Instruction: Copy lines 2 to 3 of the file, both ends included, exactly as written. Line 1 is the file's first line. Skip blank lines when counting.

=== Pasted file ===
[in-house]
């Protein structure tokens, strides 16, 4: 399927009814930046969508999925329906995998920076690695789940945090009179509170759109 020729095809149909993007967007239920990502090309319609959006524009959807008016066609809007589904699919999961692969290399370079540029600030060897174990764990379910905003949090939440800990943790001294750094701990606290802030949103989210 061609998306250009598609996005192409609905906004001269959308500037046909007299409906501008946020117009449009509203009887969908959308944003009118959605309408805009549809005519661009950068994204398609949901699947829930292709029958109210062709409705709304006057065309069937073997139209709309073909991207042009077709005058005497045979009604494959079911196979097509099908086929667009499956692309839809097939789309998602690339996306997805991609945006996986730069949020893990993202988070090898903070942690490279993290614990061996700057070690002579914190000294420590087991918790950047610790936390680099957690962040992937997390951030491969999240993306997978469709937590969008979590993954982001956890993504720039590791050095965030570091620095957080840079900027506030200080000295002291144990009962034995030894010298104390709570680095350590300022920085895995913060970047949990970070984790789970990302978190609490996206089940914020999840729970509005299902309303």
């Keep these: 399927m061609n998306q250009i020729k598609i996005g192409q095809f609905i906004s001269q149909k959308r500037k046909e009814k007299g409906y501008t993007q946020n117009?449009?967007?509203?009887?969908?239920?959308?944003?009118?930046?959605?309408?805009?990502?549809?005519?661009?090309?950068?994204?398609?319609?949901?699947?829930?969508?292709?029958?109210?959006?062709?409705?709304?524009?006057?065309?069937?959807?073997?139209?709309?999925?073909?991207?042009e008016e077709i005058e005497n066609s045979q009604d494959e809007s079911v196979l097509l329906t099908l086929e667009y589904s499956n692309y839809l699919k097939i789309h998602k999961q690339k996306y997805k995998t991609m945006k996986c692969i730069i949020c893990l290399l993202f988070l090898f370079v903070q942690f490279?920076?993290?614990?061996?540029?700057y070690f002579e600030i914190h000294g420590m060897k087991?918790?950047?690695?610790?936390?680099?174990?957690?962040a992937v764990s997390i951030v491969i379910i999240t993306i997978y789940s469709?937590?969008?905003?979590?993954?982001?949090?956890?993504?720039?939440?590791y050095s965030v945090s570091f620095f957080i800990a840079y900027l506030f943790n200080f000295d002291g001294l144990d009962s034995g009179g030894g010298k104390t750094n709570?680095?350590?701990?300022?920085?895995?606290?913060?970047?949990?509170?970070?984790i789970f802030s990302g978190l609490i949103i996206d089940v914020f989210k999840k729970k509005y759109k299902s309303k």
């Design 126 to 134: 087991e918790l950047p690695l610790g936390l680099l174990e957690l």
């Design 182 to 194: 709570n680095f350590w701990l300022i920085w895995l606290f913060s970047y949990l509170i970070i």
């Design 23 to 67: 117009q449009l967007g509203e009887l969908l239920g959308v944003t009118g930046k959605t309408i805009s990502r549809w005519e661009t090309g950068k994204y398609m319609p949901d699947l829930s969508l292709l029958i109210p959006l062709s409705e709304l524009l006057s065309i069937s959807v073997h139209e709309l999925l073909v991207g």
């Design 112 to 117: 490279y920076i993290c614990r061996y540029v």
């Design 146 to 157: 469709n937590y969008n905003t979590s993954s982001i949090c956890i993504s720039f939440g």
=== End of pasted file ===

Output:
């Protein structure tokens, strides 16, 4: 399927009814930046969508999925329906995998920076690695789940945090009179509170759109 020729095809149909993007967007239920990502090309319609959006524009959807008016066609809007589904699919999961692969290399370079540029600030060897174990764990379910905003949090939440800990943790001294750094701990606290802030949103989210 061609998306250009598609996005192409609905906004001269959308500037046909007299409906501008946020117009449009509203009887969908959308944003009118959605309408805009549809005519661009950068994204398609949901699947829930292709029958109210062709409705709304006057065309069937073997139209709309073909991207042009077709005058005497045979009604494959079911196979097509099908086929667009499956692309839809097939789309998602690339996306997805991609945006996986730069949020893990993202988070090898903070942690490279993290614990061996700057070690002579914190000294420590087991918790950047610790936390680099957690962040992937997390951030491969999240993306997978469709937590969008979590993954982001956890993504720039590791050095965030570091620095957080840079900027506030200080000295002291144990009962034995030894010298104390709570680095350590300022920085895995913060970047949990970070984790789970990302978190609490996206089940914020999840729970509005299902309303």
């Keep these: 399927m061609n998306q250009i020729k598609i996005g192409q095809f609905i906004s001269q149909k959308r500037k046909e009814k007299g409906y501008t993007q946020n117009?449009?967007?509203?009887?969908?239920?959308?944003?009118?930046?959605?309408?805009?990502?549809?005519?661009?090309?950068?994204?398609?319609?949901?699947?829930?969508?292709?029958?109210?959006?062709?409705?709304?524009?006057?065309?069937?959807?073997?139209?709309?999925?073909?991207?042009e008016e077709i005058e005497n066609s045979q009604d494959e809007s079911v196979l097509l329906t099908l086929e667009y589904s499956n692309y839809l699919k097939i789309h998602k999961q690339k996306y997805k995998t991609m945006k996986c692969i730069i949020c893990l290399l993202f988070l090898f370079v903070q942690f490279?920076?993290?614990?061996?540029?700057y070690f002579e600030i914190h000294g420590m060897k087991?918790?950047?690695?610790?936390?680099?174990?957690?962040a992937v764990s997390i951030v491969i379910i999240t993306i997978y789940s469709?937590?969008?905003?979590?993954?982001?949090?956890?993504?720039?939440?590791y050095s965030v945090s570091f620095f957080i800990a840079y900027l506030f943790n200080f000295d002291g001294l144990d009962s034995g009179g030894g010298k104390t750094n709570?680095?350590?701990?300022?920085?895995?606290?913060?970047?949990?509170?970070?984790i789970f802030s990302g978190l609490i949103i996206d089940v914020f989210k999840k729970k509005y759109k299902s309303k």